Business & Industry Viewpoint

A. Workforce Training
All stakeholders acknowledged that workforce training is critical to the mission of community colleges. Based on feedback received during the various forums, the role that EICC plays in the region varies dramatically from employer to employer. Some employers view the Colleges as critical and valued, and in certain circumstances exclusive, partners in workforce training. A few employers expressed disappointment with the quality of training delivered by EICC and a hesitancy (though not refusal) to partner further based on quality concerns. Other employers appear to have no idea what role the Colleges can serve. After learning more about what EICC has to offer, many forum participants appeared eager to engage. 
B.  Company Specific & Hybrid Academic Internship Experiences
Somewhat related to the previous narrative about programming outside of the traditional semester framework, this section relays information shared about the development of hybrid academic internship experiences. Several employers, students and community members discussed the possibility of developing a hybrid experiential learning model wherein students attend EICC classes during a portion of the day and work a portion of the day. The employer would approve academic program or selection of coursework. After completing the experiential learning/internship module, students/employees would earn a tangible "take away" (e.g., certificate, degree, approved skill list) having transferability and marketability that is not exclusive to the sponsoring employer. The abstract model discussed generated a great deal of interest in multiple community and business and industry forums as a viable way to engage employers with EICC, deliver quality work force training while supporting the educational and employment aspirations of students.
C.  Industry Specific Needs
Individuals from the metals, healthcare, advanced manufacturing and information technology sectors were invited to share specific feedback related to their needs, vision for the future and engagement with EICC. First and foremost, participants shared that soft skills are critical to success in their industries and soft skills are seriously lacking among recent graduates and the overall hiring pool in the region. Industry representatives would like to see a shared responsibility where EICC addresses general education and soft skills, allowing industry to focus on job-specific hands-on training.4 Somewhat related to the "soft skills" discussion, participants shared that the flexibility and accommodations offered by educators (both K-12 and higher education) create an expectation of flexibility in the workplace that is often unmanageable. Along the lines of education and transitioning to the workplace, participants encouraged EICC to better engage high schools and the business community to create a seamless pipeline from high school to college to the workplace.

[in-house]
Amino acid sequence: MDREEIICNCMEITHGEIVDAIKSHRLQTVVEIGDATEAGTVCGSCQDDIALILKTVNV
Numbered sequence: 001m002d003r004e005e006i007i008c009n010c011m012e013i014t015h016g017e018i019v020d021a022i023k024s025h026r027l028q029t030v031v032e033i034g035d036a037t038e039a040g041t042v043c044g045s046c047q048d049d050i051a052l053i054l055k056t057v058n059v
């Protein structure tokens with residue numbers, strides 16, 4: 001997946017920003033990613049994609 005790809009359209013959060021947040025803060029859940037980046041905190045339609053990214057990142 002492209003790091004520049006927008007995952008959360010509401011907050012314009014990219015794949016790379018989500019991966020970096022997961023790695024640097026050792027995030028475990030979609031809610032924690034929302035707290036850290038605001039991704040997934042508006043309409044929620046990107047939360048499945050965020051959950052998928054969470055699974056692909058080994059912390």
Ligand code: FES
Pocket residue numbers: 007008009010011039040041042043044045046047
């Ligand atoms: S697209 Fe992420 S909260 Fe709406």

Overall, participants shared the interest in more engagement with EICC on the training and curricula fronts. This engagement could come in the form of inviting industry representatives to serve on advisory and curriculum design committees. It could also come in the form of co-facilitating education (e.g., academic internship programs) in preparation for graduates to enter the trades.

Finally, industry representatives strongly seek EICC’s support in "re-branding" the community college experience and value and support for "re-branding" manufacturing. For the most part, manufacturing "jobs" are still viewed as just that, a "job." However, it is well known in the industry that manufacturing in the region offers well-paid, non-outsourced, career growth opportunity positions. The manufacturing sector would like to partner in this re-branding for the benefit of local companies, regional economic development and area young people.
D.  Ongoing Skills Gap Assessment
Forum participants identified a need in the region for ongoing skills gap assessments. It was shared that the region is more reactive than proactive in terms of its ability to showcase workforce capacity to prospective companies considering the area. Community leaders expressed an interest in the development of a comprehensive "skills/talent bank" that is readily available for economic development use. Forum participants likened this concept to the 40 Developmental Assets initiative supported by the region’s non-profit and corporate sector for the purpose of efficiently allocating youth development resources. It was suggested that EICC is well suited to serve the region by supporting such an initiative.
E.  Joint Board Observations
After sharing the Business and Industry viewpoint with EICC and Clinton, Scott & Muscatine Foundation board members, it was noted that needs differ greatly between large and small employers / businesses. A "one size fits all" approach is not possible in meeting the needs of the business communities.